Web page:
The message a user sends should look like a comma-separated string between 1-3 values, 40, 50, 5. What we need to with this string is create an array of values to send as args to Sonic PI. To do that we first split the original string by , so that we get an array of for each value. Next, we use the reduce method on splits variable to build a new array with the arguments we will send using the UDP library. After we called our args, we call udpPort.send to send our message to Sonic Pi.

    const sendUDPMessage = (address, message = '') => {
        const splits = message.split(','); // Returns ['40', '50', '5']

        // Build an array of integer from the comma seperated list of values
        // Returns [{ type: 'i', value: 40 }, { type: 'i', value: 50 }, { type: 'i', value: 5 }]
        const args = splits.reduce(function (acc, value) {
          // Value must be an integer
          const result = parseInt(value);

          if (!result) return acc;

          // Push new integer value type that we plan to send
            type: 'i',
            value: result,

          return acc;
        }, []);

        console.log('Send message %s to %s', JSON.stringify(args), address);

        // Send accumulated args to address, Sonic Pi
            address, // That channel were sending to
          4560, // Port Sonic Pi listens to

Let's start the server up. Inside the terminal, in the project directory, enter the command.

npm start

This should start up the node server and kick off everything we covered thus far.

You can test if things seem to be working by going into your accounts Twitch Channel and entering !note 40, 50, 5 in the chat. You should see a log message in your terminal along the lines of Send message [{ type: 'i', value: 40 },...] to /twitchchat. Now our message should be on their way to Sonic Pi.

Playing Our Messages In Sonic Pi

Ok, so not we're listening to Twitch Chat for !note commands entered in. We then have taken those messages, formatted them, sent them to the OSC port Sonic Pi is listening too. Now comes listening to those messages on the Sonic Pi side and playing the note.

In the example repository, open the file called sonic-pi-listener.rb. This will be all the code you will need to play the sent in notes and a little bit more. Cool huh? I thought so when I got it all working.

Let's focus in on the most important part of the code, the first live_loop block.

    # Creating a set with an empty array
    set :notes, [] 

    # The beginning of our listener loop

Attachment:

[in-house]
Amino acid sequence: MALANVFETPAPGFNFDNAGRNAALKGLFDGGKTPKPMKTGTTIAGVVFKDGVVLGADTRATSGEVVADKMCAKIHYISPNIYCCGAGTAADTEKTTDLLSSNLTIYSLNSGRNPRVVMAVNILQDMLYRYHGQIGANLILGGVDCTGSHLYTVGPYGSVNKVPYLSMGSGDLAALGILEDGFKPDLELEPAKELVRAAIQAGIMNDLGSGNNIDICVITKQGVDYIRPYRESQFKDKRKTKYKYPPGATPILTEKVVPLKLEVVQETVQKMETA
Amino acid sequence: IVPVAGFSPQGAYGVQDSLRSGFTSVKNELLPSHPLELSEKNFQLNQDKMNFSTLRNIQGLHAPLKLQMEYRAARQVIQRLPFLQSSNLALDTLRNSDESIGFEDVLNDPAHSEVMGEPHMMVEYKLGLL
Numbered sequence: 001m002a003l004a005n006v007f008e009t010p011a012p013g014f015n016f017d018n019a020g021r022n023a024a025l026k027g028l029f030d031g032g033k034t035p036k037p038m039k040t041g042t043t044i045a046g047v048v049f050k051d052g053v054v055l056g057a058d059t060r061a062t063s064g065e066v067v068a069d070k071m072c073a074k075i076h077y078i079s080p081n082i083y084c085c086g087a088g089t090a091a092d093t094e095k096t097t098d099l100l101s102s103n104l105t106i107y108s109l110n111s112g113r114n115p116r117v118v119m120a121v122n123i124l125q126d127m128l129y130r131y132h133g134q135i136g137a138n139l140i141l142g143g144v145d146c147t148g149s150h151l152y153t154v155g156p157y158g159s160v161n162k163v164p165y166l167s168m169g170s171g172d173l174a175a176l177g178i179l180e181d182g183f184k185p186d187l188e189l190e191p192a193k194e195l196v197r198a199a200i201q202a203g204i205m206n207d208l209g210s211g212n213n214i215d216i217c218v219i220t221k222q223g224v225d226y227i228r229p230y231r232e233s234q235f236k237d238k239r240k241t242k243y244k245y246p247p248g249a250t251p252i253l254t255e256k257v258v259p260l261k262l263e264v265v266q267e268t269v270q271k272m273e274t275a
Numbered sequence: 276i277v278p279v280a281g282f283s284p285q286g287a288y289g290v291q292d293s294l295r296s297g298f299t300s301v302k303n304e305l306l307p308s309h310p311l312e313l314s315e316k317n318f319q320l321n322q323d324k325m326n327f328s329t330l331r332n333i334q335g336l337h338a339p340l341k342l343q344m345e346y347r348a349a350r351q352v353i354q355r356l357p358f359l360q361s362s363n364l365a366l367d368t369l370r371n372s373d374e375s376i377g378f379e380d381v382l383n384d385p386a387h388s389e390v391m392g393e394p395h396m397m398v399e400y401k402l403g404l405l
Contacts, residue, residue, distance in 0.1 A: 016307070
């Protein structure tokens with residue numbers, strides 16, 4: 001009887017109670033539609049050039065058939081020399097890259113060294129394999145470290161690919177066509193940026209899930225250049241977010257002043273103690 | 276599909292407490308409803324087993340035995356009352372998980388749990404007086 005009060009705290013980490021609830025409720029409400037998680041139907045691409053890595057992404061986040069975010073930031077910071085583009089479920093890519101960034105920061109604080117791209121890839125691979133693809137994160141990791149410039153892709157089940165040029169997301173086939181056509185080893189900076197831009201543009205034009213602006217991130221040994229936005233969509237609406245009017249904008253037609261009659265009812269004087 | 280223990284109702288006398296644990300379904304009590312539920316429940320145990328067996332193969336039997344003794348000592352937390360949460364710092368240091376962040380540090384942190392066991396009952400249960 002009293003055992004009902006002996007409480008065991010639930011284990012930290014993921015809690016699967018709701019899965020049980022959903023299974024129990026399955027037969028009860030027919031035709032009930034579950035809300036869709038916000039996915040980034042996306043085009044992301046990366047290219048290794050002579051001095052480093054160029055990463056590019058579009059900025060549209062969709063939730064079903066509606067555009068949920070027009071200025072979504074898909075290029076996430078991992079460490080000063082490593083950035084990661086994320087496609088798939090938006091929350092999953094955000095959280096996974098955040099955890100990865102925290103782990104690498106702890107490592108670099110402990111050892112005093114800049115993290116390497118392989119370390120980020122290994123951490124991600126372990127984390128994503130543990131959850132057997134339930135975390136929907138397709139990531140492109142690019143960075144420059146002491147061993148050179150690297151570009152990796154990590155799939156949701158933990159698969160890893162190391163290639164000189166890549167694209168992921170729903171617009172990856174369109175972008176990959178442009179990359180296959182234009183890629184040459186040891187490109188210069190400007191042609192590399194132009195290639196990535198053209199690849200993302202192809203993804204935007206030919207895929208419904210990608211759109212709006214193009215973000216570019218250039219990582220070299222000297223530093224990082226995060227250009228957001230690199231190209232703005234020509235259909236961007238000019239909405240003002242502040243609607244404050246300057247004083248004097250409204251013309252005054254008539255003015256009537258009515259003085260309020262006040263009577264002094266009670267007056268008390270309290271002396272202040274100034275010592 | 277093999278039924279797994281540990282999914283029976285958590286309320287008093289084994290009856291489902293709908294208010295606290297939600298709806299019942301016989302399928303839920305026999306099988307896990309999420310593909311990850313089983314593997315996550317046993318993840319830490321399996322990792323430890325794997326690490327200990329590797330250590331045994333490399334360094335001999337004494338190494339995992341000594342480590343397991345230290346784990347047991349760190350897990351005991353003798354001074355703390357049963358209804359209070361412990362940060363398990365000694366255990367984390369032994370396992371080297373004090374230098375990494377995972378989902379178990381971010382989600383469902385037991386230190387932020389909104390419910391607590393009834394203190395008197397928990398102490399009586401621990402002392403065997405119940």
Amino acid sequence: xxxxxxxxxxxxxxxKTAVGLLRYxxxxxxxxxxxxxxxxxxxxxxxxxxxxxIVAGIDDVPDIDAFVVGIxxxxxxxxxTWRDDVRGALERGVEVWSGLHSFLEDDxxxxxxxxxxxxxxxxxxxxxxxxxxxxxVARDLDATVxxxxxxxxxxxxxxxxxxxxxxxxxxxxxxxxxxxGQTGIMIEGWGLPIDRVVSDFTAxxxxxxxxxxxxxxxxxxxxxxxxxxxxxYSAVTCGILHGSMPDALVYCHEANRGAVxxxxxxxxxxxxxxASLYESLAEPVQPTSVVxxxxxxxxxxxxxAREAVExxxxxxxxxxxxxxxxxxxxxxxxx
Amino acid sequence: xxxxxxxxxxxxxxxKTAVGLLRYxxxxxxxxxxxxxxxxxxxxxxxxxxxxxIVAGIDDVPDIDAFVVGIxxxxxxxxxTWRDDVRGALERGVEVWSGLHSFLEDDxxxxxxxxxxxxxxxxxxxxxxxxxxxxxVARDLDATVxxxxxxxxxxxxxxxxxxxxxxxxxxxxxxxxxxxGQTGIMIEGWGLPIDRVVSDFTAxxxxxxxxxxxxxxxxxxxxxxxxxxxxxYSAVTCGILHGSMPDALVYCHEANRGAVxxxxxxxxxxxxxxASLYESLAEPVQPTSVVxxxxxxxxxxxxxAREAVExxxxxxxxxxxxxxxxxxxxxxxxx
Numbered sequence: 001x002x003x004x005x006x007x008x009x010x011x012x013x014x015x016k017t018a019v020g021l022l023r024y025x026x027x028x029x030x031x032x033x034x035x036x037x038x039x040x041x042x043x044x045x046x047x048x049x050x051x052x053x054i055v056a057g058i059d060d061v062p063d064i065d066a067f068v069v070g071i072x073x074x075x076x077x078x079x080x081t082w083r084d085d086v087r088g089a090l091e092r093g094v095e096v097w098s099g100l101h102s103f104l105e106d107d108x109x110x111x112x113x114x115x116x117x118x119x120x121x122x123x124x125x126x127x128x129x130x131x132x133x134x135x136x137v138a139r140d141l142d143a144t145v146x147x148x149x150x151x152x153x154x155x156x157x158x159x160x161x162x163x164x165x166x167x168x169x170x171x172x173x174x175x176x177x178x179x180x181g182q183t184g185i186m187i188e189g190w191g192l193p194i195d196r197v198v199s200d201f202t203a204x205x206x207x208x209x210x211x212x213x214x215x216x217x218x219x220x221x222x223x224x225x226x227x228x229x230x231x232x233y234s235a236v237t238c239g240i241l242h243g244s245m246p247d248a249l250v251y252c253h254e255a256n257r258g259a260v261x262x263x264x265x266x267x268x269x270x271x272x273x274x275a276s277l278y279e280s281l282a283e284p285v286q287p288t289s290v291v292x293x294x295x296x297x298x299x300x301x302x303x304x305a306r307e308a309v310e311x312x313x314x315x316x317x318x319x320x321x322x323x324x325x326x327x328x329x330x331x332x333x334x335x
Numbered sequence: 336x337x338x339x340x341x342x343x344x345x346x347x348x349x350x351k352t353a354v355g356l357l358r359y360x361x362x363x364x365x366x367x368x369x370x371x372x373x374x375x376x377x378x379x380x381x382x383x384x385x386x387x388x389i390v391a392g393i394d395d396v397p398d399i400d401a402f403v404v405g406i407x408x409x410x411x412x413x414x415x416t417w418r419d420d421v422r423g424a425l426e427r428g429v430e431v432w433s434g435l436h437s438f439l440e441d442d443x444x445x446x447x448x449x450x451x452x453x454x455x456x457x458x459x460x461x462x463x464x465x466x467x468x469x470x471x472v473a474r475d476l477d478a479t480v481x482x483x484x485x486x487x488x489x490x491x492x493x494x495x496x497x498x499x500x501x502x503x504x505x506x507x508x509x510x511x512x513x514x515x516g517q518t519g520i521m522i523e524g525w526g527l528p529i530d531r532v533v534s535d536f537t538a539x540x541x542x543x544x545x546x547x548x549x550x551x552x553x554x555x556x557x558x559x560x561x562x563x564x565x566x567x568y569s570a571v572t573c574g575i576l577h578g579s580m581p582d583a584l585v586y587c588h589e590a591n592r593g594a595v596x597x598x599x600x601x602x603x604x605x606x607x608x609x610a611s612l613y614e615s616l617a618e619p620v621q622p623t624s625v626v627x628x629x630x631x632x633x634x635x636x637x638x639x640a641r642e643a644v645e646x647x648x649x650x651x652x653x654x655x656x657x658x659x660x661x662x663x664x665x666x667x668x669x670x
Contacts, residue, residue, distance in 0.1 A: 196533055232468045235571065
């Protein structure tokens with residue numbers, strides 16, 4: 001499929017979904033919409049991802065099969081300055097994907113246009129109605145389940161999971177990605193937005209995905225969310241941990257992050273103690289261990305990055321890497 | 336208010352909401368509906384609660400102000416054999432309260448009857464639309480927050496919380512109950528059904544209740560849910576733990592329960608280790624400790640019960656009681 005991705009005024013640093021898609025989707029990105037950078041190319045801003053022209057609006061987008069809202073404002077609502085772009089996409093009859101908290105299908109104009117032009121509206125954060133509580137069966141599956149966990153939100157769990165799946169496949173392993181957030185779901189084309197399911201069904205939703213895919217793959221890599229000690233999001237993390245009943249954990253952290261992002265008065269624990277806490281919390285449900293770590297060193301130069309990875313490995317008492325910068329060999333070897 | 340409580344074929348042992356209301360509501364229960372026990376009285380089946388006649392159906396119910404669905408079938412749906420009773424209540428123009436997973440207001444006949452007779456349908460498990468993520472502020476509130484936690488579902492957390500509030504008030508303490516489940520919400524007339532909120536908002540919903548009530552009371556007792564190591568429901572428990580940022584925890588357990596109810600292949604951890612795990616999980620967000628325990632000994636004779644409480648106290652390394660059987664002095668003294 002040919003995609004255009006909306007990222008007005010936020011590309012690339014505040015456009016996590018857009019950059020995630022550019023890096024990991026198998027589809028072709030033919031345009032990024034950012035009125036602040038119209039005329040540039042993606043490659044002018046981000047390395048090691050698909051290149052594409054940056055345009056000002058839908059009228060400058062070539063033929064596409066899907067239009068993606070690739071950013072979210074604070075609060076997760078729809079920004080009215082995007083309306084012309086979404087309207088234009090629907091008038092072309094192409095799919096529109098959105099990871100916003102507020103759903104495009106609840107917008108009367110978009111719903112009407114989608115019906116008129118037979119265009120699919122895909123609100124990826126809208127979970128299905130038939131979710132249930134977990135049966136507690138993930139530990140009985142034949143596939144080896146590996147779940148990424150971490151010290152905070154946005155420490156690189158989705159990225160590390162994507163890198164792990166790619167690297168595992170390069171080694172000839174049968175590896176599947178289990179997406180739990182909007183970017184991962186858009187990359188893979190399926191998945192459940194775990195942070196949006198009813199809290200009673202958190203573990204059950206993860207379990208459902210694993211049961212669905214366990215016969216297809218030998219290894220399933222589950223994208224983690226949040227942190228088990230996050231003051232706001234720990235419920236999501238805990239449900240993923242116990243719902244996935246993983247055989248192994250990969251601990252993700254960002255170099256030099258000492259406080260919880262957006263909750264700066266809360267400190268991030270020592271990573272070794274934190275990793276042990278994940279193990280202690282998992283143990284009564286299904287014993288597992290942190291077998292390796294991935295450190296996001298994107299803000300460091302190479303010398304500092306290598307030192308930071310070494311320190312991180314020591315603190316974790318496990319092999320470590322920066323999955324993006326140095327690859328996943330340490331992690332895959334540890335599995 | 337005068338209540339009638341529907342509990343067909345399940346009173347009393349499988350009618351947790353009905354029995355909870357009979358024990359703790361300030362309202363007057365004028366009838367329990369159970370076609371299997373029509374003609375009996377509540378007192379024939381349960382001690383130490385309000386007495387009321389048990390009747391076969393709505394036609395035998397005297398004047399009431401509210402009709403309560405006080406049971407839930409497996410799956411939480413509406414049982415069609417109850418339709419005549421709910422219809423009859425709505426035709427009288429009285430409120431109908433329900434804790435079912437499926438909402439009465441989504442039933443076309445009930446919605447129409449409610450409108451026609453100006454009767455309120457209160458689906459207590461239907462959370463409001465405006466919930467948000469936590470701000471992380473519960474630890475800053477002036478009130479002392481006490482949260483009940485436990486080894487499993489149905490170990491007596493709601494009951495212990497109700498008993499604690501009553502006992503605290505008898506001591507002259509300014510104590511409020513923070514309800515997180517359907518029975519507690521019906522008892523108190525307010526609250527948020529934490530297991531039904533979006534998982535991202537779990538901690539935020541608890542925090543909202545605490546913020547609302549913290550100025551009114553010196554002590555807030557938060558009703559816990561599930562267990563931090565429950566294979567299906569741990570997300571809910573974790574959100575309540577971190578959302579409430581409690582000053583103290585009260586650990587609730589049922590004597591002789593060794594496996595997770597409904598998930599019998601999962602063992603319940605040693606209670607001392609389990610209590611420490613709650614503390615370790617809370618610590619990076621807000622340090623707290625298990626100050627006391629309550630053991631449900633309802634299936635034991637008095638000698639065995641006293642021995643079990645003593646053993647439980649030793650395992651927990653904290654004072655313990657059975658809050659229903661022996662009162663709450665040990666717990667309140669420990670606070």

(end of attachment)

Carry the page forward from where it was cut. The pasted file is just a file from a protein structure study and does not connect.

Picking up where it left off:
live_loop :note do
      # Wait to receive a message from the twitchchat channel from our running node server
      note = sync "/osc:"

      # Grab the notes from the notes array
      notes = get[:notes]

      # Add a new note to end of out array of notes, kinda messy but it works
      set :notes, notes + [note]

      # Play a synth with the note, cutoff and sustain passed ie. from [40, 50, 5] 
      synth :prophet, note: note[0], cutoff: note[1], sustain: note[2]

Hopefully, the code makes a tiny bit of sense, I added some comments in there to help illustrate whats going on. If you haven't already, take the code in sonic-pi-listener.rb and pasted it into Sonic Pi. Now click the Run button on the top left.

Wait... Nothing happened. Yep, nothing happened. But that's because now Sonic Pi is waiting to receive a message. What it did so far was:

  1. Create our set named :notes with an empty array.
  2. Afterward it kicks off our live_loop, think of it like an infinite loop.
  3. When it hits the sync call, pauses execution. Now it sits and waits to move like a kid waiting for the bell to ring in the last class of the day.

Now comes the cool part! In your channel's Twitch Chat, do another !note 40, 50, 5. Hopefully, you heard a note play! AHHH!

Ok, so what happened in the code? Once Sonic Pi gets the message:

  1. sync takes the message, which looks like this [40, 50, 5], and stores it in the note variable
  2. Next line, it grabs all the notes in the set and puts that in another variable
  3. Now it updates our set with the existing notes and append the new note
  4. This is the best part, we call synth with the :prophet synth sound and then pass in the 3 values. Which is then plays!


From Twitch Chat to Music Playing

Now we're at the end of our musical journey in creating an interactive way to create music with other people on Twitch. Hopefully, you enjoyed this article and wasn't too hard of a read. I enjoyed creating this project and I hope that I was successful and transferring my excitement on to you and potentially motivate you to play around with what you can do to make interactive music.

Bonus Time:

You might have noticed that I glossed over the second half of sonic-pi-listener.rb. I want to leave this part are an experiment/learning exercise for you. What I will tell you, play several notes with the !note command in your Twitch Chat. After you played a few notes then enter !playback into the chat. Hopefully, it works and you hear something. Have fun!